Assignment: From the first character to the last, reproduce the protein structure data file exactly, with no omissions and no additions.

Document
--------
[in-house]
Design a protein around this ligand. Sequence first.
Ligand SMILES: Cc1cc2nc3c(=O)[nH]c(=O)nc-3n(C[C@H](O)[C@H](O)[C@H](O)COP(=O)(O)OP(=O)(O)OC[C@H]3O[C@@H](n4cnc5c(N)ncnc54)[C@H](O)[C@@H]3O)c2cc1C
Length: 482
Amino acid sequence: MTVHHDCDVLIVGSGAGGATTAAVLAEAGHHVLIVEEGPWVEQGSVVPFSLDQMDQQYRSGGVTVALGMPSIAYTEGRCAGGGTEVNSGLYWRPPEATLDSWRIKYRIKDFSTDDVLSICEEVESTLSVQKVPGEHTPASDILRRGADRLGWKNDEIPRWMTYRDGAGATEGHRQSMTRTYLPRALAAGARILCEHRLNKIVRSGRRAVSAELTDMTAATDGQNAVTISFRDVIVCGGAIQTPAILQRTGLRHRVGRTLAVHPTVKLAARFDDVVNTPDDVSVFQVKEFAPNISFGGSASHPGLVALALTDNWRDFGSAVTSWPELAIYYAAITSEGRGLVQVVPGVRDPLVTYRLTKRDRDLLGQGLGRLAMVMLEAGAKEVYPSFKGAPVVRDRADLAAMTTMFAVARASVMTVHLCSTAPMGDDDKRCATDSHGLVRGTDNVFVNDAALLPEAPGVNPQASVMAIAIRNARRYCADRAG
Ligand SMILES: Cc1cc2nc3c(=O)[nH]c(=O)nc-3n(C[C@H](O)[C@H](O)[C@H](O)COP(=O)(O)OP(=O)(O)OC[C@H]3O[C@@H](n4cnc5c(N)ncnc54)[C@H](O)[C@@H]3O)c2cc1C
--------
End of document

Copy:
[in-house]
Design a protein around this ligand. Sequence first.
Ligand SMILES: Cc1cc2nc3c(=O)[nH]c(=O)nc-3n(C[C@H](O)[C@H](O)[C@H](O)COP(=O)(O)OP(=O)(O)OC[C@H]3O[C@@H](n4cnc5c(N)ncnc54)[C@H](O)[C@@H]3O)c2cc1C
Length: 482
Amino acid sequence: MTVHHDCDVLIVGSGAGGATTAAVLAEAGHHVLIVEEGPWVEQGSVVPFSLDQMDQQYRSGGVTVALGMPSIAYTEGRCAGGGTEVNSGLYWRPPEATLDSWRIKYRIKDFSTDDVLSICEEVESTLSVQKVPGEHTPASDILRRGADRLGWKNDEIPRWMTYRDGAGATEGHRQSMTRTYLPRALAAGARILCEHRLNKIVRSGRRAVSAELTDMTAATDGQNAVTISFRDVIVCGGAIQTPAILQRTGLRHRVGRTLAVHPTVKLAARFDDVVNTPDDVSVFQVKEFAPNISFGGSASHPGLVALALTDNWRDFGSAVTSWPELAIYYAAITSEGRGLVQVVPGVRDPLVTYRLTKRDRDLLGQGLGRLAMVMLEAGAKEVYPSFKGAPVVRDRADLAAMTTMFAVARASVMTVHLCSTAPMGDDDKRCATDSHGLVRGTDNVFVNDAALLPEAPGVNPQASVMAIAIRNARRYCADRAG
Ligand SMILES: Cc1cc2nc3c(=O)[nH]c(=O)nc-3n(C[C@H](O)[C@H](O)[C@H](O)COP(=O)(O)OP(=O)(O)OC[C@H]3O[C@@H](n4cnc5c(N)ncnc54)[C@H](O)[C@@H]3O)c2cc1C